American Kestral perched on the dead branch just above the bird feeder.
Photo of American Kestrel from the website sdakotabirds.com.
During our three previous winters in this house, we have kept bird feeders dangling from the dead spurs of a tree stump outside the dining area window. The regular visitors have included a bewildering variety of sparrows, goldfinches in winter plumage, rosey-capped finches, chickadees, black-eyed juncoes, woodpeckers, the gaudy flickers and the detested starlings. Red-winged blackbirds and their yellow-headed cousins are here from late winter through autumn.
In the endlessly cold wet spring of 2007 we had two pair of lazuli buntings eating at the feeders for about three weeks, perhaps resting on their way to a more northern destination.
In the week before Christmas we noticed that our regular visitors had disppeared. I worried that perhaps I hadn't refilled the feeders quickly enough and they had left in despair. On Monday I saw a scattering of sparrows picking at the cracked corn and seeds. They flew up in a startled cloud and a larger bird sailed into view. Catching sight of the black-spotted bronze back feathers I at first thought one of the flickers was visiting. A closer look indicated it was a bird who was a stranger to us. I got a photo as it perched on the dead spur of the old stump, cropped and zoomed in until we could see it clearly. J. went through the bird book making comparisons until we identified our visiter as an American Kestral.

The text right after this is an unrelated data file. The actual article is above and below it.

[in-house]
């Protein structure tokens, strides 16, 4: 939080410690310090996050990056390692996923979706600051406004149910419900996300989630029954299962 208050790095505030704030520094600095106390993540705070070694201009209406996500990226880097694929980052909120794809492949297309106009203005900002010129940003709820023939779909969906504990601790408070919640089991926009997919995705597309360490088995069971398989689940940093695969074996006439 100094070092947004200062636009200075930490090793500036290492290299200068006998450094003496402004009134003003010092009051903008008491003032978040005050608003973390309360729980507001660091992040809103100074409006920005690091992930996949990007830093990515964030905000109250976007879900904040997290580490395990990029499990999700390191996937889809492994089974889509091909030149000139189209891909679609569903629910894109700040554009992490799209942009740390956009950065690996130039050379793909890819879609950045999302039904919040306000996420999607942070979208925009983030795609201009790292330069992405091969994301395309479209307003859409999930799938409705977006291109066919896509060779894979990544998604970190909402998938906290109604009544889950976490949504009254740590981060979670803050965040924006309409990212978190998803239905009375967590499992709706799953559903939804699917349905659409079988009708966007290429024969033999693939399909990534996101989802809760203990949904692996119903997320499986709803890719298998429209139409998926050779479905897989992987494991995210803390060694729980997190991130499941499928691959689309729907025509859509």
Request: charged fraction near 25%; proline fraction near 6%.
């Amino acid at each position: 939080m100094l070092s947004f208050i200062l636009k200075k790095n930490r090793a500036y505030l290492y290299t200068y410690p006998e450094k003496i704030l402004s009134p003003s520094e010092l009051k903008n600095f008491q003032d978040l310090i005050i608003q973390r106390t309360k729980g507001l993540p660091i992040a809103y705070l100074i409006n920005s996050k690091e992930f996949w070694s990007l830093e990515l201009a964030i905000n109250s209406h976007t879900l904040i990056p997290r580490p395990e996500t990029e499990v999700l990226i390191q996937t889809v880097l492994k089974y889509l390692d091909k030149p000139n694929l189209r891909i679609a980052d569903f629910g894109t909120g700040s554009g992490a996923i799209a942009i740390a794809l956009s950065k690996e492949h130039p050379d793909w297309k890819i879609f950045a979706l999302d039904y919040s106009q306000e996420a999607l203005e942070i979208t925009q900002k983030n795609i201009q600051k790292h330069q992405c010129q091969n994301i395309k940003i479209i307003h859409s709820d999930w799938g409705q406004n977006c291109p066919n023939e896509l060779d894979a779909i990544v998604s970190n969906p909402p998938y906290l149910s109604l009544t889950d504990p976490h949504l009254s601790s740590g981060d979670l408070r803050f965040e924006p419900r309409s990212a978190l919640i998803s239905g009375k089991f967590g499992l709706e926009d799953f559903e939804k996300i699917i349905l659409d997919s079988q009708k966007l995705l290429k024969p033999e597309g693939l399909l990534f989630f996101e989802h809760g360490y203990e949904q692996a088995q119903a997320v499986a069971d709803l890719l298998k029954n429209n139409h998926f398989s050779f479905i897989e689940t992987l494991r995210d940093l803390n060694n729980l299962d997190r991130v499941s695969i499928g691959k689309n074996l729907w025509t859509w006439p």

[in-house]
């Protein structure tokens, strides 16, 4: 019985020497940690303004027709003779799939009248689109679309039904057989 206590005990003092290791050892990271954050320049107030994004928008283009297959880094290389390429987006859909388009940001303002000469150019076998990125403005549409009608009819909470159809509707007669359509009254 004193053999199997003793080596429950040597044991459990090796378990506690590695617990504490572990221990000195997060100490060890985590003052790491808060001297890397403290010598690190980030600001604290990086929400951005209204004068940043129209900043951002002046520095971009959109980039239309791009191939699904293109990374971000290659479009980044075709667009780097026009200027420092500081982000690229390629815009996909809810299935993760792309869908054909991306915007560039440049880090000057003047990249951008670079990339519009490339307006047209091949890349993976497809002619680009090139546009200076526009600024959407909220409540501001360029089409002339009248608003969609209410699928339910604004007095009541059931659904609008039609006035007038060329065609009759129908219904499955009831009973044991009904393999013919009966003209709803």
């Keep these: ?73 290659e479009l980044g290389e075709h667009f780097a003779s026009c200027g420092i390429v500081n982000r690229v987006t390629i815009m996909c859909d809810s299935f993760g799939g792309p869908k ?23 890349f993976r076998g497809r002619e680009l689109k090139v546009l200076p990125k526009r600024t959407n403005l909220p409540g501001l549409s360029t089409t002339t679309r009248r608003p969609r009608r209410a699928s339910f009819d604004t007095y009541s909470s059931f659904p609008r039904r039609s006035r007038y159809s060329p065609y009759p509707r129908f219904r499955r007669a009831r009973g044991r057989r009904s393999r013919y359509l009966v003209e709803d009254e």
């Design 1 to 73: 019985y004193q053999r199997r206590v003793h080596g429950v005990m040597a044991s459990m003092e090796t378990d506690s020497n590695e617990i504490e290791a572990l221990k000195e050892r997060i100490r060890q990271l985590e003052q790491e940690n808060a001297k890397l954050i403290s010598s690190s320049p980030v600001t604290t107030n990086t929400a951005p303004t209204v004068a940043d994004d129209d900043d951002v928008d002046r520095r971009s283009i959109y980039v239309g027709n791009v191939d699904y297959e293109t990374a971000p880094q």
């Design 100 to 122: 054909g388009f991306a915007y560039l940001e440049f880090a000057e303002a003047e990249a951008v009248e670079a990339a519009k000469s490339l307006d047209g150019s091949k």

It [he?] has arrived again today, stopping in one of the old cottonwoods near the pond, then circling in a swooping flight. The back-swept movement of its' curved wings is very distinctive.
We are interested to see this bird, but fear he has driven off our familiar smaller friends. We miss their busy presence.
Added this evening: I sent the photo of the kestrel to my friend and neighbor, Sue, who reports that kestrels visit her dooryard as well and don't pose a threat to the smaller birds at the feeder.
So, I'm left still wondering why our usual birds are missing!